D.C. Police Chief Robert Contee, who was accompanied by D.C. Mayor Muriel Bowser at a news conference at the scene of the shooting on Thursday night, said investigators believe one of the two men wounded by the gunfire was a target of the shooting. Contee said police believe the second victim was hit in the crossfire.

“We’ve got to make sure we’re doing everything we can as an entire system here in the District of Columbia to hold offenders accountable when these things happen in our community,” Contee said. “This is unacceptable. That’s the bottom line. It is totally unacceptable behavior,” he said.

“I’m asking the community to take a look at these videos,” he told reporters at the press conference. “If you know the person or the vehicle or somebody who is in that – there is one individual with a very distinctive hoody that he was wearing – please look at that very closely,” he said. “We’re asking for the community’s help.”

When asked by a reporter to comment on expressions of outrage by members of the community over the widespread outbreak of gun violence in the city, Bowser said she shares that concern.

“Well, I’m outraged. The chief is outraged. And the community should be outraged,” the mayor said. “What we saw tonight and unfortunately what we saw over the last several days is an illegal firearm brazenly used on D.C. streets,” Bowser said.

“And we know that our investigators and detectives are going to track down every lead. Our citizens have already been helpful in supplying leads and video and anything else that they saw so that we can get these individuals off the street and hold them accountable,” the mayor said.

Witnesses have said the Thursday night shooting on 14th Street reportedly occurred at the intersection of Riggs Street outside the Mexicue Restaurant, which is located at 1720 14th Street, N.W. The Blade office is located just a few doors down and Whitman-Walker’s Elizabeth Taylor building is a short distance away across the street at 14th and R Street, N.W.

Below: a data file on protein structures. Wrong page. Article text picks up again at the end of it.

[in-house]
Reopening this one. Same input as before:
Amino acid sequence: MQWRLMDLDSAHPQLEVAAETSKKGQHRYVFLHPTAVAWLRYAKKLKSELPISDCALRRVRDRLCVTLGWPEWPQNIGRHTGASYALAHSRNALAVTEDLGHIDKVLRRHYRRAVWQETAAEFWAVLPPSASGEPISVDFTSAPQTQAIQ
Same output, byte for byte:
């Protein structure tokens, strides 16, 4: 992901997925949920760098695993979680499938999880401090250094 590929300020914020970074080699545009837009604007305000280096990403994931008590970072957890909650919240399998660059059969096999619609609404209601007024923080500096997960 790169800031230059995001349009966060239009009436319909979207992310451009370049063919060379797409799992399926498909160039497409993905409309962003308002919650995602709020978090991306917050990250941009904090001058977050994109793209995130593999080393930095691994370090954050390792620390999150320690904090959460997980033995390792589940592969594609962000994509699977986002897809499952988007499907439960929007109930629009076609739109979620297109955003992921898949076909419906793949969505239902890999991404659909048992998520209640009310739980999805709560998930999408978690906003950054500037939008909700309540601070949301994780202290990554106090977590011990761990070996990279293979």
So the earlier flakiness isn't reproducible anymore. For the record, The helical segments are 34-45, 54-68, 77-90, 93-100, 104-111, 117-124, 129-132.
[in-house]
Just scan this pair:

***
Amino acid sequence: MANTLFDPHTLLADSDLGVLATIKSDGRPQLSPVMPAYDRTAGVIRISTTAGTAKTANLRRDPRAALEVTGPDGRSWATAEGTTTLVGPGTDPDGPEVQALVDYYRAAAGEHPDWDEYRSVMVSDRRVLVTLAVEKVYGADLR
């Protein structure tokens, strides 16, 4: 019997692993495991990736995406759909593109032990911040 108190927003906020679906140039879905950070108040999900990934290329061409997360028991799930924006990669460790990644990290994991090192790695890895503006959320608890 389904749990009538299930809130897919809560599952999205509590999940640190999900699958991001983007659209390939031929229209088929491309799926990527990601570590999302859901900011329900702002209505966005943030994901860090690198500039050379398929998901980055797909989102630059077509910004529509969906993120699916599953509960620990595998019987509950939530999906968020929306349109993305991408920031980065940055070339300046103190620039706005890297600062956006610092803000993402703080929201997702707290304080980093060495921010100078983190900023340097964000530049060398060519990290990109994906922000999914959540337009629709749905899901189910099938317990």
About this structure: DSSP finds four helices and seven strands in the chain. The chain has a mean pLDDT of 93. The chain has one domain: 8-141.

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Suspect charged in murder of trans woman in PG County apartment

District Heights man apprehended in Arlington following unrelated arrest

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P.G. Police charged DeAllen Davonta Price with first-degree and second-degree murder and related charges in connection with Taya Ashton’s death.

Prince George’s County, Md., Police announced on Wednesday that homicide investigators identified and filed murder charges against a 27-year-old District Heights, Md., man for the July 17 homicide of transgender woman Taya Ashton, 20, who was found shot to death in her apartment in nearby Suitland, Md.

In a statement, P.G. Police said they charged DeAllen Davonta Price of the 6400 block of Hil Mar Drive in the unincorporated area of District Heights with first-degree and second-degree murder and related charges in connection with Ashton’s death.

According to the statement, while P.G. police detectives identified Price as a suspect in the Ashton murder, Arlington County, Va. Police arrested him on July 18 on an unrelated robbery charge after he attempted to flee from Arlington and Metro Transit police inside a train tunnel at the Pentagon City Metro Station.